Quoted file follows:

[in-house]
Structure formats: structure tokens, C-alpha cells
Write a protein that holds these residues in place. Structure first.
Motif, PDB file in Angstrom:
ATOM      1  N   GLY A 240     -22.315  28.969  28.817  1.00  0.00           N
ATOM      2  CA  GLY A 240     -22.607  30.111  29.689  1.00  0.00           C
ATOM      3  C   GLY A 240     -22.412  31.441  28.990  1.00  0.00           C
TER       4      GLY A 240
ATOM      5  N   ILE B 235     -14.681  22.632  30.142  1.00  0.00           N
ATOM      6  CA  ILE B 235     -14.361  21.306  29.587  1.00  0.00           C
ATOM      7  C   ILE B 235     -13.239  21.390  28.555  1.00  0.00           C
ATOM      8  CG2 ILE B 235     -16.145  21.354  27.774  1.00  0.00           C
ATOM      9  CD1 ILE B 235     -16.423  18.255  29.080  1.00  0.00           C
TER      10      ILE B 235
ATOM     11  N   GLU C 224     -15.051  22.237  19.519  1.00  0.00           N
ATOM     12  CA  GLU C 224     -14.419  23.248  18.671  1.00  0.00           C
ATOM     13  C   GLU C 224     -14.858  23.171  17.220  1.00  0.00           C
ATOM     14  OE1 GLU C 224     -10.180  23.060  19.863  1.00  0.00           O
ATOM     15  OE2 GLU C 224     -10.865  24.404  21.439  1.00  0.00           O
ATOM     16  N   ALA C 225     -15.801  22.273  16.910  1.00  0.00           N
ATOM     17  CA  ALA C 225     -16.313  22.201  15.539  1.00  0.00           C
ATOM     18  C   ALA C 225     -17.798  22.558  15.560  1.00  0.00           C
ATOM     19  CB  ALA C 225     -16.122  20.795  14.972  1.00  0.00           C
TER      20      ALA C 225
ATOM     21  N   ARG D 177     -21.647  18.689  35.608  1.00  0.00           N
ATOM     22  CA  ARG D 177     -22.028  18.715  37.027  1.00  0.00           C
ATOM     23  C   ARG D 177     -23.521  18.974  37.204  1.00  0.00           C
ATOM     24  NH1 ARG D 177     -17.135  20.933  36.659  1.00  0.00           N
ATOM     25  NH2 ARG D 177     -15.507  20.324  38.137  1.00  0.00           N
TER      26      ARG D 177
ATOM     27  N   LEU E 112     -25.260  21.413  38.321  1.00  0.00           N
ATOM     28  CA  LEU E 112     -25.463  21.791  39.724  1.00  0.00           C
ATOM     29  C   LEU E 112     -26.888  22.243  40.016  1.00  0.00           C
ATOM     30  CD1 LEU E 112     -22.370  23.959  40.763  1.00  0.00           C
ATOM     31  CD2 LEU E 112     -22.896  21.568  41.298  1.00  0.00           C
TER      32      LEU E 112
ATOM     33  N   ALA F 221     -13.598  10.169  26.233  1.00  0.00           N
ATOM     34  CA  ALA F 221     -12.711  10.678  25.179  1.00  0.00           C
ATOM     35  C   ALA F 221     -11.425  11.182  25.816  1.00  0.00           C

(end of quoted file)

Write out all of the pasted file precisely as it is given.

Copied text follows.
[in-house]
Structure formats: structure tokens, C-alpha cells
Write a protein that holds these residues in place. Structure first.
Motif, PDB file in Angstrom:
ATOM      1  N   GLY A 240     -22.315  28.969  28.817  1.00  0.00           N
ATOM      2  CA  GLY A 240     -22.607  30.111  29.689  1.00  0.00           C
ATOM      3  C   GLY A 240     -22.412  31.441  28.990  1.00  0.00           C
TER       4      GLY A 240
ATOM      5  N   ILE B 235     -14.681  22.632  30.142  1.00  0.00           N
ATOM      6  CA  ILE B 235     -14.361  21.306  29.587  1.00  0.00           C
ATOM      7  C   ILE B 235     -13.239  21.390  28.555  1.00  0.00           C
ATOM      8  CG2 ILE B 235     -16.145  21.354  27.774  1.00  0.00           C
ATOM      9  CD1 ILE B 235     -16.423  18.255  29.080  1.00  0.00           C
TER      10      ILE B 235
ATOM     11  N   GLU C 224     -15.051  22.237  19.519  1.00  0.00           N
ATOM     12  CA  GLU C 224     -14.419  23.248  18.671  1.00  0.00           C
ATOM     13  C   GLU C 224     -14.858  23.171  17.220  1.00  0.00           C
ATOM     14  OE1 GLU C 224     -10.180  23.060  19.863  1.00  0.00           O
ATOM     15  OE2 GLU C 224     -10.865  24.404  21.439  1.00  0.00           O
ATOM     16  N   ALA C 225     -15.801  22.273  16.910  1.00  0.00           N
ATOM     17  CA  ALA C 225     -16.313  22.201  15.539  1.00  0.00           C
ATOM     18  C   ALA C 225     -17.798  22.558  15.560  1.00  0.00           C
ATOM     19  CB  ALA C 225     -16.122  20.795  14.972  1.00  0.00           C
TER      20      ALA C 225
ATOM     21  N   ARG D 177     -21.647  18.689  35.608  1.00  0.00           N
ATOM     22  CA  ARG D 177     -22.028  18.715  37.027  1.00  0.00           C
ATOM     23  C   ARG D 177     -23.521  18.974  37.204  1.00  0.00           C
ATOM     24  NH1 ARG D 177     -17.135  20.933  36.659  1.00  0.00           N
ATOM     25  NH2 ARG D 177     -15.507  20.324  38.137  1.00  0.00           N
TER      26      ARG D 177
ATOM     27  N   LEU E 112     -25.260  21.413  38.321  1.00  0.00           N
ATOM     28  CA  LEU E 112     -25.463  21.791  39.724  1.00  0.00           C
ATOM     29  C   LEU E 112     -26.888  22.243  40.016  1.00  0.00           C
ATOM     30  CD1 LEU E 112     -22.370  23.959  40.763  1.00  0.00           C
ATOM     31  CD2 LEU E 112     -22.896  21.568  41.298  1.00  0.00           C
TER      32      LEU E 112
ATOM     33  N   ALA F 221     -13.598  10.169  26.233  1.00  0.00           N
ATOM     34  CA  ALA F 221     -12.711  10.678  25.179  1.00  0.00           C
ATOM     35  C   ALA F 221     -11.425  11.182  25.816  1.00  0.00           C